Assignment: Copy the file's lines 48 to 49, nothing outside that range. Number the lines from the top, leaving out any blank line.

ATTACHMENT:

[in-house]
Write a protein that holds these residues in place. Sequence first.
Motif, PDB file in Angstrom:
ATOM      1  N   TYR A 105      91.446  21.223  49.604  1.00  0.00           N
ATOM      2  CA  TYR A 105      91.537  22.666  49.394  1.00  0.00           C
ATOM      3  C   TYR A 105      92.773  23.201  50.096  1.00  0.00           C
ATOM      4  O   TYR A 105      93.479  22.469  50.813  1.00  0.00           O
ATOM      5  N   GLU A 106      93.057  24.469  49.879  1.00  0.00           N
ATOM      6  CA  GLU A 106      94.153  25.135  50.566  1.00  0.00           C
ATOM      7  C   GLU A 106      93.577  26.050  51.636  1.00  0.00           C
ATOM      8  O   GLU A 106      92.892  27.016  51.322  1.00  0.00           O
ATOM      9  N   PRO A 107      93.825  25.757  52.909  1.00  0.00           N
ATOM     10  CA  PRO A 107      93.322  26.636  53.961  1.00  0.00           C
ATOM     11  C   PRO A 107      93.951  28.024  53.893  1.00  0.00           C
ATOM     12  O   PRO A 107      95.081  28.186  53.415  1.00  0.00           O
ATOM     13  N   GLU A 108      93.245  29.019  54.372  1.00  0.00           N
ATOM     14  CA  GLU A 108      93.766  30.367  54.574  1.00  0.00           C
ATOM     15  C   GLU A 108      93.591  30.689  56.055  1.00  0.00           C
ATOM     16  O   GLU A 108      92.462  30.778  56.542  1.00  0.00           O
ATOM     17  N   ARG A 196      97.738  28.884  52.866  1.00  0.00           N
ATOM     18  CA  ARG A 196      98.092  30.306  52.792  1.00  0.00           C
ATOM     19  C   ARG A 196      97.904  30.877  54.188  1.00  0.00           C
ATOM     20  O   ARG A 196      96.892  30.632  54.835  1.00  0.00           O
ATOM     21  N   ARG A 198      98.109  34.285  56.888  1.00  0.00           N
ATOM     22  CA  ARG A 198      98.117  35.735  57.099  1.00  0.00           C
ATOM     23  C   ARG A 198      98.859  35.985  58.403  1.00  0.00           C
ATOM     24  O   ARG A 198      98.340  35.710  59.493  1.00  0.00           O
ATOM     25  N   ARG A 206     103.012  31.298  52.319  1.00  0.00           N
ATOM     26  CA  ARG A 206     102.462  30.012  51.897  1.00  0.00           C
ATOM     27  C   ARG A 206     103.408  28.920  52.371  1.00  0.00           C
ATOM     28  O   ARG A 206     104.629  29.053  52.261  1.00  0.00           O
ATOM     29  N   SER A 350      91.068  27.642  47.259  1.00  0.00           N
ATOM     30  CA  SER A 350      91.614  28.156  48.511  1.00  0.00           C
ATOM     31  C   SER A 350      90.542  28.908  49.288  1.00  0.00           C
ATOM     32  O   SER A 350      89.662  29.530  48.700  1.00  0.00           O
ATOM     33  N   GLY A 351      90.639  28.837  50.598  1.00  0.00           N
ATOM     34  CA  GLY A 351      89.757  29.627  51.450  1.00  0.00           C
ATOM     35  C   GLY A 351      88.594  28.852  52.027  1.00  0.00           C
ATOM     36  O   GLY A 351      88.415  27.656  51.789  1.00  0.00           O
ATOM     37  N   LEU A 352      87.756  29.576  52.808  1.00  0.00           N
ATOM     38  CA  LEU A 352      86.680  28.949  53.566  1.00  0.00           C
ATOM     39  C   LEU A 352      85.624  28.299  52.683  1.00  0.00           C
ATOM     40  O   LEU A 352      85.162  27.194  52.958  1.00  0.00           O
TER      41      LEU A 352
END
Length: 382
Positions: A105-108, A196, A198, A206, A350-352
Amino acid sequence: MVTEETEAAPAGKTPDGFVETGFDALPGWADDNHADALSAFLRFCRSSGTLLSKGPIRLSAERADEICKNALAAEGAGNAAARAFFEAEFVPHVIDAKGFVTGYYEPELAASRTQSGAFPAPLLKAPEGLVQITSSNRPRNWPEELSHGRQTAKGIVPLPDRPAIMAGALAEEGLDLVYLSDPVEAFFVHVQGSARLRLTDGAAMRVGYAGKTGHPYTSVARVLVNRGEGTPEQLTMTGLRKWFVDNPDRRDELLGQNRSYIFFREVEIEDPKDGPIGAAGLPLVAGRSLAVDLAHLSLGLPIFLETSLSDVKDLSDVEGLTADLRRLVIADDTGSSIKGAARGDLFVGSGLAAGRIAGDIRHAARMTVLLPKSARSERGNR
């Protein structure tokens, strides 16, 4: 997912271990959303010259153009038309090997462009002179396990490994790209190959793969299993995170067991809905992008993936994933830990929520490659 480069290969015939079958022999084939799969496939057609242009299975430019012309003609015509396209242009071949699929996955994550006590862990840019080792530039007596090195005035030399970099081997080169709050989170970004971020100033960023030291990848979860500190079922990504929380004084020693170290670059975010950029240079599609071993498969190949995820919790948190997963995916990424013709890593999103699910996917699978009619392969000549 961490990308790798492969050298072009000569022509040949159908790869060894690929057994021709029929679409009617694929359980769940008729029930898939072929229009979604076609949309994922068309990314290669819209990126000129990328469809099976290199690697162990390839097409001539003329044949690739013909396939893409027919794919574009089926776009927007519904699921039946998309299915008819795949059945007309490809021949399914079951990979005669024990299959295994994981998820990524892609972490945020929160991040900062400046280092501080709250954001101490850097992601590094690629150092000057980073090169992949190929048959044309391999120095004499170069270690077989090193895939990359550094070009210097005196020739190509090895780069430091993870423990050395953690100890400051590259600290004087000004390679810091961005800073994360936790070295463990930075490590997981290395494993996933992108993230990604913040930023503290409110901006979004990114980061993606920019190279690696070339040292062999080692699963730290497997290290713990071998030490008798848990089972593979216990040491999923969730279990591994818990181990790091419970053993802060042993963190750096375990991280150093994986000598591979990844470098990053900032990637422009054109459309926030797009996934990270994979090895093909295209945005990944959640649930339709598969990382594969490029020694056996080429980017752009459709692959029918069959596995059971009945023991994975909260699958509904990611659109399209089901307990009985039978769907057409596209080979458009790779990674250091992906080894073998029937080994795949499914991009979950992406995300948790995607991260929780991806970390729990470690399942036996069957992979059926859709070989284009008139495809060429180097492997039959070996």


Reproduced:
Amino acid sequence: MVTEETEAAPAGKTPDGFVETGFDALPGWADDNHADALSAFLRFCRSSGTLLSKGPIRLSAERADEICKNALAAEGAGNAAARAFFEAEFVPHVIDAKGFVTGYYEPELAASRTQSGAFPAPLLKAPEGLVQITSSNRPRNWPEELSHGRQTAKGIVPLPDRPAIMAGALAEEGLDLVYLSDPVEAFFVHVQGSARLRLTDGAAMRVGYAGKTGHPYTSVARVLVNRGEGTPEQLTMTGLRKWFVDNPDRRDELLGQNRSYIFFREVEIEDPKDGPIGAAGLPLVAGRSLAVDLAHLSLGLPIFLETSLSDVKDLSDVEGLTADLRRLVIADDTGSSIKGAARGDLFVGSGLAAGRIAGDIRHAARMTVLLPKSARSERGNR
């Protein structure tokens, strides 16, 4: 997912271990959303010259153009038309090997462009002179396990490994790209190959793969299993995170067991809905992008993936994933830990929520490659 480069290969015939079958022999084939799969496939057609242009299975430019012309003609015509396209242009071949699929996955994550006590862990840019080792530039007596090195005035030399970099081997080169709050989170970004971020100033960023030291990848979860500190079922990504929380004084020693170290670059975010950029240079599609071993498969190949995820919790948190997963995916990424013709890593999103699910996917699978009619392969000549 961490990308790798492969050298072009000569022509040949159908790869060894690929057994021709029929679409009617694929359980769940008729029930898939072929229009979604076609949309994922068309990314290669819209990126000129990328469809099976290199690697162990390839097409001539003329044949690739013909396939893409027919794919574009089926776009927007519904699921039946998309299915008819795949059945007309490809021949399914079951990979005669024990299959295994994981998820990524892609972490945020929160991040900062400046280092501080709250954001101490850097992601590094690629150092000057980073090169992949190929048959044309391999120095004499170069270690077989090193895939990359550094070009210097005196020739190509090895780069430091993870423990050395953690100890400051590259600290004087000004390679810091961005800073994360936790070295463990930075490590997981290395494993996933992108993230990604913040930023503290409110901006979004990114980061993606920019190279690696070339040292062999080692699963730290497997290290713990071998030490008798848990089972593979216990040491999923969730279990591994818990181990790091419970053993802060042993963190750096375990991280150093994986000598591979990844470098990053900032990637422009054109459309926030797009996934990270994979090895093909295209945005990944959640649930339709598969990382594969490029020694056996080429980017752009459709692959029918069959596995059971009945023991994975909260699958509904990611659109399209089901307990009985039978769907057409596209080979458009790779990674250091992906080894073998029937080994795949499914991009979950992406995300948790995607991260929780991806970390729990470690399942036996069957992979059926859709070989284009008139495809060429180097492997039959070996």